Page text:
It was a thrill for me personally, and a great honor to the MCC, to see more than 400 people pack the prestigious Russell Senate Caucus Room of the U.S. Congress today to celebrate MCCs fourth anniversary. The standing-room-only event among MCC friends on Capitol Hill where MCC was brought into existence through an act of Congress in 2004 was tangible evidence of the strong bipartisan support that our work enjoys.
It was particularly important that some of MCCs friends from the Congress, including Chairwoman Nita Lowey, Congressman Jim Knollenberg, and Senator Norm Coleman, made time to attend the event, as well as MCC Board members Ken Hackett, Henrietta Fore, and Alan Patricof.
MCCs main message for today was that in four short years we have accomplished an astonishing amount. I am proud to tell people that what started as a great concept has become, in the span of four short years, a great reality. What was once a group of eight people in borrowed offices is now a first-rate organization with a robust portfolio of work. We are not only one of the newest, but with fewer than 300 staff, we are definitely one of the smallest U.S. government agencies. And yet, with $5.5 billion committed in 16 compacts worldwide, we are moving ahead at great speed with much more on the way.
Events like this one today are not only a chance for us to show our progress, they are also an opportunity for us to listen to our colleagues. We want to know about their experiences, challenges, and successes in the countries where we are presently working or might work in the next few years. It is an opportunity to listen to how our programs might benefit from the insight of other groups or how together we can leverage private sector resources to build another kilometer of road, provide additional infrastructure, or strengthen community services for the poor of our partner countries. I took part in some of these conversations today and observed scores more of them taking place. People who follow MCC are, for the most part, not shy about sharing their ideas. These are often constructive inputs which we welcome and many times they are stories of success that we are achieving together.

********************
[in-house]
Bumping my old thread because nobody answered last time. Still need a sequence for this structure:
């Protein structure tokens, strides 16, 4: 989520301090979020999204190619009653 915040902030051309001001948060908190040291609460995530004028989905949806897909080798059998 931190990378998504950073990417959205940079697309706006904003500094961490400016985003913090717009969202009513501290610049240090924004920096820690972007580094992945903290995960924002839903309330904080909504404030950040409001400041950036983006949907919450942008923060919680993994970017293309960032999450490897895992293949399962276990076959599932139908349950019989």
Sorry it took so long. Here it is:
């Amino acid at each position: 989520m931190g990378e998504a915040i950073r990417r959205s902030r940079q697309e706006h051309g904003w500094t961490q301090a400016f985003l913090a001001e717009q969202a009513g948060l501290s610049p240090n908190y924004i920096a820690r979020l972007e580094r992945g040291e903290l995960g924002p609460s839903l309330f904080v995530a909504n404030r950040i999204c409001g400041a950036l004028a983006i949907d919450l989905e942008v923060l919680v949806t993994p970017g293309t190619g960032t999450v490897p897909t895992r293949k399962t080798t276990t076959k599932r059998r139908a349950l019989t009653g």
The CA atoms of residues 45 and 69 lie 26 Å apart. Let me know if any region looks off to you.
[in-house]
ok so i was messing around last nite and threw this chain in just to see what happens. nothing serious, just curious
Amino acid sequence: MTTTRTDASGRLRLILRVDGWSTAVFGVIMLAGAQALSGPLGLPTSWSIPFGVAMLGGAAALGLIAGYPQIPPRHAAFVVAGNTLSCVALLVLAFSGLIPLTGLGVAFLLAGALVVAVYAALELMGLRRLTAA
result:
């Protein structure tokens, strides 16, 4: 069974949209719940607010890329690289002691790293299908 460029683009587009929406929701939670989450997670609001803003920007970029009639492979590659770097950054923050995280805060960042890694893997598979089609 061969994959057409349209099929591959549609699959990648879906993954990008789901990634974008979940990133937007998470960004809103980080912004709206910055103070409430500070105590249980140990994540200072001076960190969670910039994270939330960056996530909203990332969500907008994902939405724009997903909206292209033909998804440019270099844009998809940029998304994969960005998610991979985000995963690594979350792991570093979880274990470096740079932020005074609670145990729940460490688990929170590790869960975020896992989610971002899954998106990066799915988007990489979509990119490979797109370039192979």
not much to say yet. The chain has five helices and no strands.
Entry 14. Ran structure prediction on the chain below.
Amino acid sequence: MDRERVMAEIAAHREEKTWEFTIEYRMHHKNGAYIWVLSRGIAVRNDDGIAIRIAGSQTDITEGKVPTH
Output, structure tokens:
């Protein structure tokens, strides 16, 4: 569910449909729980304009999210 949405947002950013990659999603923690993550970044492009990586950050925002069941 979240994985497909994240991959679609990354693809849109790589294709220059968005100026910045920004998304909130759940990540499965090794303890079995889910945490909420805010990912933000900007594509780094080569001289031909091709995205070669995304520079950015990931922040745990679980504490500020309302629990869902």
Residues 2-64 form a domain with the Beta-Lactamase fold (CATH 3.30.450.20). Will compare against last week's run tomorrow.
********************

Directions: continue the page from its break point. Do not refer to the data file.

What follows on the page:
Africa in particular has been an important theme this week. The Africa Society hosted its Andrew Young Lecture Series on Tuesday, where I was pleased to deliver the keynote address. Other presenters spoke at length about how more than half of MCCs compacts and resources are dedicated to Africa. This should come as no surprise given the amount of need on the continent and the range of partners who are willing to enact policy reforms in order to secure MCC funding. I answered some tough but thoughtful questions during the event. They gave me reason to reflect on how the organization, moving from a focus on compact development to compact implementation, has a responsibility to help African countries build capacity to complete the complex task of putting MCC resources to work.
On Monday night I was also on Capitol Hill this time as a guest of the First Lady during the Presidents State of the Union Address. I was happy to hear the prominent mention of the MCC in the Presidents speech and, like many of you, noted his call for full funding of the MCC program. The applause came from both sides of the aisle for good reasons. There has been a great deal of comment on the MCC and its work since this remark and I welcome the chance to talk about our programs to those who may not have been aware of MCC before the speech. On a night when all parts of our government come together united in purpose, the State of the Union underlined what I have known since joining MCC: this work matters to America. It matters to our partners. It matters to the taxpayer, and MCC will help shape the future of our countrys credibility and legacy overseas. Even though many of the people who watched the State of the Union will never visit our compact countries, the work of poverty reduction is relevant to each of them. Poverty anywhere threatens security and prosperity everywhere. This is why MCC matters and why I am proud to be a part of these short four remarkable years